They will return home, holding

Evidence.  Their time

Together.

A line of people

Sit,

On a wooden footbridge, feet

In rows in water,

Still, man-created

Stream.

I join them.

Peel the yellow straps

From my ankles and plunge

Into the cool wet.

feet in waterSun burns hot

On my neck.  Kissing

My shoulder.

Spring has come slowly

This year.  I long

For the earth’s tongue

On my skin.

Inside my wallet,  Glass horse.

Ceramic salmon.

Medallion.  Roman numeral five.

Animal-spirit guides.

Passing of sober days.

Talisman.

Is man?

And a single

Penny.  Consider my wish.

For love.

For THAT kind of love.

Tongue on my shoulder.

Slow to come.

Cum.

Cool.

Wet.

I let go

Of another piece

Of metal.

Watch it sink to the bottom,

A lost and found of wishes

Dreams, prayers.

In water, still.  Wish,

Still.  Dream,

Still.  Pray,

Still.

Bye Bye Bindi

bio photo for u club 2I took off my bindi the other day.

Stopped at a red light on Michigan Avenue, I dragged my middle finger from between my eyes down the bridge of my nose, bringing the bindi with it.  Green and gold.  Sparkly.  I looked at it and deposited it in the cup holder.

I’ve been wearing a bindi faithfully since last spring – the result of self-sufficiency gone awry.

One of my first acts of independence, following my then-husband’s request for a divorce, was to pay someone to shave my head.  He had done it for me for years, making sure all the tiny hairs stood uniformly erect – especially in back.  It’s not as easy as it seems.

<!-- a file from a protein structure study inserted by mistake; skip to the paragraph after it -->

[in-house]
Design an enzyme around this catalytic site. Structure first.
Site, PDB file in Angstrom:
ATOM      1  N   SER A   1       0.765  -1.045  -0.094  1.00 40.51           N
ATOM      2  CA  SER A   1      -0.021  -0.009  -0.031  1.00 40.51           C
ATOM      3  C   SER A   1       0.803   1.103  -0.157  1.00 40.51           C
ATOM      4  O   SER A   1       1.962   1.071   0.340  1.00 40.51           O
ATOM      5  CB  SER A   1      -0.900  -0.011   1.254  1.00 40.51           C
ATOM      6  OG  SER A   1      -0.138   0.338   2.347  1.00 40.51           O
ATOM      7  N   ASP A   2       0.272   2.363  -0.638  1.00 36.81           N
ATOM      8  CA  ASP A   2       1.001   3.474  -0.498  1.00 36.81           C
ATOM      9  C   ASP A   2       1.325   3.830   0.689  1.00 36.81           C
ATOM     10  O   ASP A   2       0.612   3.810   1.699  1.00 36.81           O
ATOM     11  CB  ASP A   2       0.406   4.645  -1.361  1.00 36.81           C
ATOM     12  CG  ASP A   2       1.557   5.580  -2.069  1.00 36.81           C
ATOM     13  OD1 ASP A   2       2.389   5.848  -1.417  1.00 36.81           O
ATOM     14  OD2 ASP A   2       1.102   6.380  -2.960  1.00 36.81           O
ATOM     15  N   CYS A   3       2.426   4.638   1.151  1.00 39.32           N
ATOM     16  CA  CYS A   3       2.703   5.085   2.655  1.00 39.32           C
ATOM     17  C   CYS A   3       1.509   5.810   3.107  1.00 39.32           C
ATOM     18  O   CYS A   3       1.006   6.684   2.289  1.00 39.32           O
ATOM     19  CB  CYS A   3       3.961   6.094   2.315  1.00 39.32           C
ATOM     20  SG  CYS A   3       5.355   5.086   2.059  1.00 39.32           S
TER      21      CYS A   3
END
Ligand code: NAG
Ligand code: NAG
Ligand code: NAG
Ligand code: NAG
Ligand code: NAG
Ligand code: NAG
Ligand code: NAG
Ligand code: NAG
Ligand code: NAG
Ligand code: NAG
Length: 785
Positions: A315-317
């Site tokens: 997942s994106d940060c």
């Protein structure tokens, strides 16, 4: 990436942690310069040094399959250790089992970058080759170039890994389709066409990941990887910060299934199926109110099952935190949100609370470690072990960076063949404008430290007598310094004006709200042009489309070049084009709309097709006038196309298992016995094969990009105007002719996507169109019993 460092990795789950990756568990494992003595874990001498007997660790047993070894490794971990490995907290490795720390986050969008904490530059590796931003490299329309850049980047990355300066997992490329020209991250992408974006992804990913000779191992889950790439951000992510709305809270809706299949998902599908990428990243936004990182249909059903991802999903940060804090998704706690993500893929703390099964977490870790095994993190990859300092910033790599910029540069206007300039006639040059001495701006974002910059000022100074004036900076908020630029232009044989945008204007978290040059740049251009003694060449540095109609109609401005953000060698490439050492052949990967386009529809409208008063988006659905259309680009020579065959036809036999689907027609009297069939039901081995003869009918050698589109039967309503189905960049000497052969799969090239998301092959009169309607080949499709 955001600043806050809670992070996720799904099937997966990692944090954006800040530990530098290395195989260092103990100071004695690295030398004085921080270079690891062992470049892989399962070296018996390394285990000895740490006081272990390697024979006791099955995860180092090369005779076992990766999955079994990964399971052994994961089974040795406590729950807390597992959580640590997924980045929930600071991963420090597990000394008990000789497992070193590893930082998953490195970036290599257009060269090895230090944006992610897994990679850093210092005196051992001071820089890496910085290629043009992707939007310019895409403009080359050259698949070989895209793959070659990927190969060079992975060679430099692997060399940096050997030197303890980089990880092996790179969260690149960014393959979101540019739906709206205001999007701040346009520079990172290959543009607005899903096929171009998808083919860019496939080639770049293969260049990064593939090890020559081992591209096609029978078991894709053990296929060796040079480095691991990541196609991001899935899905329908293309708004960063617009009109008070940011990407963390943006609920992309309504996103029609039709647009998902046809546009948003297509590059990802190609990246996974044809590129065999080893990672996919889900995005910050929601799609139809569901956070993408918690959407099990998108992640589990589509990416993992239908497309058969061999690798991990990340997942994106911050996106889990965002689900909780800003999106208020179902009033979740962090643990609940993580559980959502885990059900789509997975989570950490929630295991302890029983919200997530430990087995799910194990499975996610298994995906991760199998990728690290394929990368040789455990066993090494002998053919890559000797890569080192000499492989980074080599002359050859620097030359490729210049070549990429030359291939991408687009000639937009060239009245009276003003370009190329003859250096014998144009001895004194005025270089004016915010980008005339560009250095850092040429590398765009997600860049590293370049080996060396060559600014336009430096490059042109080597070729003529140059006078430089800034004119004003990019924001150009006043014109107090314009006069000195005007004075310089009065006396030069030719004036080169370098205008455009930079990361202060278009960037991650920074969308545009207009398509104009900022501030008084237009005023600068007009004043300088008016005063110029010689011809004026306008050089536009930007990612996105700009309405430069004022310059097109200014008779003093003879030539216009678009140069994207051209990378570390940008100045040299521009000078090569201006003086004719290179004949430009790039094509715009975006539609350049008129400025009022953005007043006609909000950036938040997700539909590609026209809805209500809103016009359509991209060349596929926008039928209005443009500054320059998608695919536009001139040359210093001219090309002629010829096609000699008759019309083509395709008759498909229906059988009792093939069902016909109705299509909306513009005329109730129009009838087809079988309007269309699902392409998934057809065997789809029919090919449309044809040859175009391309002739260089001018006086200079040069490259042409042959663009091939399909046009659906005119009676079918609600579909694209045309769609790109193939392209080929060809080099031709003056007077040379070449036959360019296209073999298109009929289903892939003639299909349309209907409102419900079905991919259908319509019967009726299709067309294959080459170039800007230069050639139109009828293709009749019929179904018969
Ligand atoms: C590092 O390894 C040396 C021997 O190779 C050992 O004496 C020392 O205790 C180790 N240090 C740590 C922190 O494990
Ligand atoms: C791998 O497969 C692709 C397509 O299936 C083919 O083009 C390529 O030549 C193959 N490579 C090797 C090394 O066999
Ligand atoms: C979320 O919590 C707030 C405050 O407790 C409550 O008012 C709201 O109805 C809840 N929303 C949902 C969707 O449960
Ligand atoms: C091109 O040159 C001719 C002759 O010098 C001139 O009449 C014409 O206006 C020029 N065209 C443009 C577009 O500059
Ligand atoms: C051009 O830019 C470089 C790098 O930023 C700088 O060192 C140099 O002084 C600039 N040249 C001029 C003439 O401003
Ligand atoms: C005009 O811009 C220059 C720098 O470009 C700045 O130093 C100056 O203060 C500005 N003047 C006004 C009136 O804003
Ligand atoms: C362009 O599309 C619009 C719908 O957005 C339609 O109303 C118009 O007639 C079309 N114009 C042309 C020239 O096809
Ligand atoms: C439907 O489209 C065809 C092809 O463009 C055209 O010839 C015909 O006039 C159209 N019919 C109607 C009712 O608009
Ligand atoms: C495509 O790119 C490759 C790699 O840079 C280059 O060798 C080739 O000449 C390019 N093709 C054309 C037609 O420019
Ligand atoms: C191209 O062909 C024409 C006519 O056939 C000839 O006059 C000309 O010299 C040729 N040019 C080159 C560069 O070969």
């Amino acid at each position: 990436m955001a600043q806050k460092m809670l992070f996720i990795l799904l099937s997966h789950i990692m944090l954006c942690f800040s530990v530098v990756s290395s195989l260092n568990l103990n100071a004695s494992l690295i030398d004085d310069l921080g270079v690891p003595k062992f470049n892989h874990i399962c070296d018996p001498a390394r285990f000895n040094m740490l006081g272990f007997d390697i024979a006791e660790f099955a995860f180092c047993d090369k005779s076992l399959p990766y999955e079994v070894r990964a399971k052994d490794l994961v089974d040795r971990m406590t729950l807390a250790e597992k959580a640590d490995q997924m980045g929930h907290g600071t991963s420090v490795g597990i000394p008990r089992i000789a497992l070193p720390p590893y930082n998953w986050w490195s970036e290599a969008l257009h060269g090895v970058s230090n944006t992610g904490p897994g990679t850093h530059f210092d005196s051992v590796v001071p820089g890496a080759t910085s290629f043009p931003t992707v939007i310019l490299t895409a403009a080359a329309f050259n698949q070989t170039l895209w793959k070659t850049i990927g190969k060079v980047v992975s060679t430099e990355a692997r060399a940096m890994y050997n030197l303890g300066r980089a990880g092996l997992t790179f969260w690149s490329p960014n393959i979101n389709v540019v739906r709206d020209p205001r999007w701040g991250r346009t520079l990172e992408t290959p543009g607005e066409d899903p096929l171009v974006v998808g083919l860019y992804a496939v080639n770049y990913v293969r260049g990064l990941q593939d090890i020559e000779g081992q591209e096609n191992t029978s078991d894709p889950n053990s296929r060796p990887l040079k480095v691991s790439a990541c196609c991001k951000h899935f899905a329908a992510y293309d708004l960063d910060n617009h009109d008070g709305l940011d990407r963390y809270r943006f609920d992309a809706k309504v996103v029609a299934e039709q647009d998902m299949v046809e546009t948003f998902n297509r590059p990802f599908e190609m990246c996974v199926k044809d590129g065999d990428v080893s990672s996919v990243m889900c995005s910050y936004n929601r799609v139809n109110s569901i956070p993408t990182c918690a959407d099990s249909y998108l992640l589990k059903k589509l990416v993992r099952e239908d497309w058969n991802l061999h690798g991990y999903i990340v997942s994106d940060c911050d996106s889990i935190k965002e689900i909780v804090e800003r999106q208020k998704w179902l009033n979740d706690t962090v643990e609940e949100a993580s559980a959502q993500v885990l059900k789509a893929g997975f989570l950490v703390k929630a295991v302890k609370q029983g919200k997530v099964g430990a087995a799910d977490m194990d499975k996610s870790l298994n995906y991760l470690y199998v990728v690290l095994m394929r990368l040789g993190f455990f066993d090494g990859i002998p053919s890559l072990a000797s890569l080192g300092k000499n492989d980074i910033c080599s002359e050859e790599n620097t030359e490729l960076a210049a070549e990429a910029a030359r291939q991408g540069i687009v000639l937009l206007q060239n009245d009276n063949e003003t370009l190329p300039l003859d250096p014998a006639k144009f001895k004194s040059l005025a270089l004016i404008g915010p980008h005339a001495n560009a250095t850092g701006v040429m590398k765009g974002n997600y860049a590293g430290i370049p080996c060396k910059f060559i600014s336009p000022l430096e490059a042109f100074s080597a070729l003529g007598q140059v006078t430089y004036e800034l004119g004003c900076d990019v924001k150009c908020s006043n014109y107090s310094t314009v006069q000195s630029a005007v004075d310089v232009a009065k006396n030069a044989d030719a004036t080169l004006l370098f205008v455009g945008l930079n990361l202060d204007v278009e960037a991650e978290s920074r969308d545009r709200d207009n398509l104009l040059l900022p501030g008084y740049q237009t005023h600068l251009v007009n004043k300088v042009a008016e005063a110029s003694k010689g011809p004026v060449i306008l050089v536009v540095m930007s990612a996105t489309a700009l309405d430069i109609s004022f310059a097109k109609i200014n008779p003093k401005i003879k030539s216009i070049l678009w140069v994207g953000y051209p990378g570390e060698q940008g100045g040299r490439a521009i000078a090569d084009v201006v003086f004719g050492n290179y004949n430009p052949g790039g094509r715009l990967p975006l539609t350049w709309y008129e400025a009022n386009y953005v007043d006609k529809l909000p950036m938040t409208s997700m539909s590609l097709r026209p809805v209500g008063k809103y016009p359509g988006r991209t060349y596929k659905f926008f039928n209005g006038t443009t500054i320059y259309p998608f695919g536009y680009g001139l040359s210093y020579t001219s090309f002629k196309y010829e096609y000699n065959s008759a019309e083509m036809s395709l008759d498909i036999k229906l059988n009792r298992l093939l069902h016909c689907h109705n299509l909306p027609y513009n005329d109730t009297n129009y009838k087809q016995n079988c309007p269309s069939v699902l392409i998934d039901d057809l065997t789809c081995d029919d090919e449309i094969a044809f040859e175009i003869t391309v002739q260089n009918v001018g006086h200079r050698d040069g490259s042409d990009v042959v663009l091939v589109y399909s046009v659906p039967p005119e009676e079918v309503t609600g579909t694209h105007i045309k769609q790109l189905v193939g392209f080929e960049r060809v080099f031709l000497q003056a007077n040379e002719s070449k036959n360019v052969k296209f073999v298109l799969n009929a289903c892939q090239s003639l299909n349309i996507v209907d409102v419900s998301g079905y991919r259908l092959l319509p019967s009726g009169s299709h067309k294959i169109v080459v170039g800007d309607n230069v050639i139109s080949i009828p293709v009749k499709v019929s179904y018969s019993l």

I went to Rudy’s – a chain of hip barber shops – in Seattle for a $10 shave.  I asked for a one guard on the clippers – what my ex always used.

Rudy’s one guard must have been different from mine, because I walked out far more sheared than I had anticipated.  Normally, this wouldn’t be a problem, hair grows – quickly.  But I had my eyebrows tinted a little darker than usual, and the combination of the two was jarring, a little bit scary.

Afterwards, I stumbled into the boutique next door to Rudy’s.  I’d been curious about it for a while.  Inside, I eyed a basket of sticky bindis, next to an array of cuffs and bangles.  $3 a package.  I thought it might soften the look.  Or at very least, act as a distraction.  It did.  And I began wearing one, every day.

Pink.  Blue.  Purple.  Glittery.  It became “my thing,” or “one of my things,” like the shaved head and the iridescent shadow I wear in the corners of my eyes.  Another “accident” that stuck.

I wore a different one every day.  On hikes.  To dance class. Camping in North Dakota.  All over Rwanda.  I got a tip to use eyelash glue to hold it in place when the sticky wore out.  When I moved back to Chicago in the fall, I went to the Indian shops on Devon Avenue to buy more.

People asked me about it all the time.  Why?  What does it mean?  I’d explain that it brought attention to the third eye, the seat of hidden wisdom, and joke I needed all the help I could get to see clearly.

Sometimes I’d explain that in parts of India it designates that a woman is married and that ironically, I began wearing mine during my divorce.

But really, I just liked it.  It was jazzy and fun.  It spurred conversation with people I otherwise wouldn’t meet.

At least, that’s what I thought.

When I mentioned it to my friend Rachel in an email, she wrote, “I found your calling toward bindis to be a heartbreaking subconscious gesture by your soul to remain coupled, or at least connected with the sacred masculine.”